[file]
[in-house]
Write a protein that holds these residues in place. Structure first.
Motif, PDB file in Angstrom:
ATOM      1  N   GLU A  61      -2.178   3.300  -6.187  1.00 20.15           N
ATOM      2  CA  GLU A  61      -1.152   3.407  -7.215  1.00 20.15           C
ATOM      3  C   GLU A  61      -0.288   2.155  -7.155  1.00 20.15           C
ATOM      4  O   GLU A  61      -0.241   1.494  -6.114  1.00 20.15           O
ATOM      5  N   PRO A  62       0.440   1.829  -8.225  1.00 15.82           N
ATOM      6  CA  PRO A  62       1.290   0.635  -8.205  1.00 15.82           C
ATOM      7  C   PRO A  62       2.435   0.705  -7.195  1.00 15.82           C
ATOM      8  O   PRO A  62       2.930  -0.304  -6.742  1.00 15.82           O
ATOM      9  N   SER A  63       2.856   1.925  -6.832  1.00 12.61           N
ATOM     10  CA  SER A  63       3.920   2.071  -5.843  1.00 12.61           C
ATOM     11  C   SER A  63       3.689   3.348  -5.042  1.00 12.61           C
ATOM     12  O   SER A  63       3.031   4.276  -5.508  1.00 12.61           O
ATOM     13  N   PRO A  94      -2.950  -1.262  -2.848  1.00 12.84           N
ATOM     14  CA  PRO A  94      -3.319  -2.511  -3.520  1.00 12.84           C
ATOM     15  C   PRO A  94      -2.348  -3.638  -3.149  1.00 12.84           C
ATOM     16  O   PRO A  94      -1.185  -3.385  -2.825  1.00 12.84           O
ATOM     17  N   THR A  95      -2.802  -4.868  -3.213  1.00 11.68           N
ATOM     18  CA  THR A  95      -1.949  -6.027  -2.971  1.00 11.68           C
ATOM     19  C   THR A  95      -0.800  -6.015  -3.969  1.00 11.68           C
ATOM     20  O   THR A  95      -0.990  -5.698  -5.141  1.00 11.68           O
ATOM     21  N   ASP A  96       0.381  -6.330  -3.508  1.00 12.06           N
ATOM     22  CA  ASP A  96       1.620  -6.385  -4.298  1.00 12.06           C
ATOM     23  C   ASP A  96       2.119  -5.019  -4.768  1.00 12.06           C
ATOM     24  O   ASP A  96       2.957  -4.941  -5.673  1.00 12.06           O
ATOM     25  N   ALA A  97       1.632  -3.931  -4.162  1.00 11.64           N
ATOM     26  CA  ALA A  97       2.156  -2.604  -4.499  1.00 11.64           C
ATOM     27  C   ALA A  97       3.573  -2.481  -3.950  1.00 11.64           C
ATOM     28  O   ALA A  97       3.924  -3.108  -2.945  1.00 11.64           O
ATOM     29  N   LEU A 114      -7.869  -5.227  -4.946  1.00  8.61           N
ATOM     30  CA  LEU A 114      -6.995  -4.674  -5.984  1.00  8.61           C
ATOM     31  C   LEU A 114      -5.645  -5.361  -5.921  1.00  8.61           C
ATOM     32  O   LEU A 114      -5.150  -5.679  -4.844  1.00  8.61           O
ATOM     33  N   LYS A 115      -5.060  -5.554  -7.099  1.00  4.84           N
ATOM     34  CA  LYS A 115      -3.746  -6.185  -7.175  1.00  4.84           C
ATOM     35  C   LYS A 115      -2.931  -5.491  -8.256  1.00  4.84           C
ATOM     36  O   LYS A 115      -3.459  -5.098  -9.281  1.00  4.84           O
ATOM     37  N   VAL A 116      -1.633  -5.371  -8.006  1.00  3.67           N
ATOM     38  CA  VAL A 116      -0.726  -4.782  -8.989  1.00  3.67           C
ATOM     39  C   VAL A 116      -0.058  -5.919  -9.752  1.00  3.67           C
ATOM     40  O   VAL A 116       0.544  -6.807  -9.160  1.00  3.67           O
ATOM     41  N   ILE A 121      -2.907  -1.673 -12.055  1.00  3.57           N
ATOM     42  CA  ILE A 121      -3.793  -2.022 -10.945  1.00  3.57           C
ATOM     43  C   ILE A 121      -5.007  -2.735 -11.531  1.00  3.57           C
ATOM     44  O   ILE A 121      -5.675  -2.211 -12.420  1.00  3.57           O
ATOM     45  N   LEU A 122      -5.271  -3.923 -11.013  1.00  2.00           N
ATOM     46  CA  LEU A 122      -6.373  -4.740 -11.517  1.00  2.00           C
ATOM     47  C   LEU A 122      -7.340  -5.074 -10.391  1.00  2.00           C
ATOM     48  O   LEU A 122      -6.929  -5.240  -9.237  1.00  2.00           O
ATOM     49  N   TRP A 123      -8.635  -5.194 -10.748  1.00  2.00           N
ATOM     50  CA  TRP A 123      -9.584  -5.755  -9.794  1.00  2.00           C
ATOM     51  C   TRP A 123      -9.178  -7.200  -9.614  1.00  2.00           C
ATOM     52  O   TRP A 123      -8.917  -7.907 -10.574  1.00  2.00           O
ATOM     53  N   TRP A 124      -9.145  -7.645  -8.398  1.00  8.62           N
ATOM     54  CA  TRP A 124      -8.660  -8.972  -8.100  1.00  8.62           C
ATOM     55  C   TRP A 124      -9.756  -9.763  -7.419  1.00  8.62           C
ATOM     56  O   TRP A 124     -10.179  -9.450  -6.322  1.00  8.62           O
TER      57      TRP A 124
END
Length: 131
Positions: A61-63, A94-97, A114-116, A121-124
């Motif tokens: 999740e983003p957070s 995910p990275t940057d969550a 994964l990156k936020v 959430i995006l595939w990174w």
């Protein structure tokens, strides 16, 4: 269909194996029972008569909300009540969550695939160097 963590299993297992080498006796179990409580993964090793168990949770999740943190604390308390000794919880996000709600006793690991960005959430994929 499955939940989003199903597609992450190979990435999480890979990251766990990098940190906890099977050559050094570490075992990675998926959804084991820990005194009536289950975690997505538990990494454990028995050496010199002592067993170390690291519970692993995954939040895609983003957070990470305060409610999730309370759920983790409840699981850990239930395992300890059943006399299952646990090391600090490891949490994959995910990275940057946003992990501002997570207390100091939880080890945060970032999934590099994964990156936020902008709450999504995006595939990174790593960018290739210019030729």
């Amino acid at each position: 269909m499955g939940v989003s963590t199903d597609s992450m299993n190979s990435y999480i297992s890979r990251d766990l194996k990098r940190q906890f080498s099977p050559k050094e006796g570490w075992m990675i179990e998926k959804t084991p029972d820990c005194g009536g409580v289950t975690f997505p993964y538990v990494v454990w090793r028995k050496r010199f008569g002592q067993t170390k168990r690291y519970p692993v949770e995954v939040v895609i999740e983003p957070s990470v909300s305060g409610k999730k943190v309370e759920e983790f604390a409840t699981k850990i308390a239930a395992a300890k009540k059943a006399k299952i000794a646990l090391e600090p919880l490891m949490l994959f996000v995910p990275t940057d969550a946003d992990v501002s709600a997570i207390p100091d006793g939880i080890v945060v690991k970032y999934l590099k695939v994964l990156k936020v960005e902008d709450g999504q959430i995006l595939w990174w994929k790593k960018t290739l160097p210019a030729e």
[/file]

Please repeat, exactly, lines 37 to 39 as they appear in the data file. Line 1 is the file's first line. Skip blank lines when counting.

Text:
ATOM     34  CA  LYS A 115      -3.746  -6.185  -7.175  1.00  4.84           C
ATOM     35  C   LYS A 115      -2.931  -5.491  -8.256  1.00  4.84           C
ATOM     36  O   LYS A 115      -3.459  -5.098  -9.281  1.00  4.84           O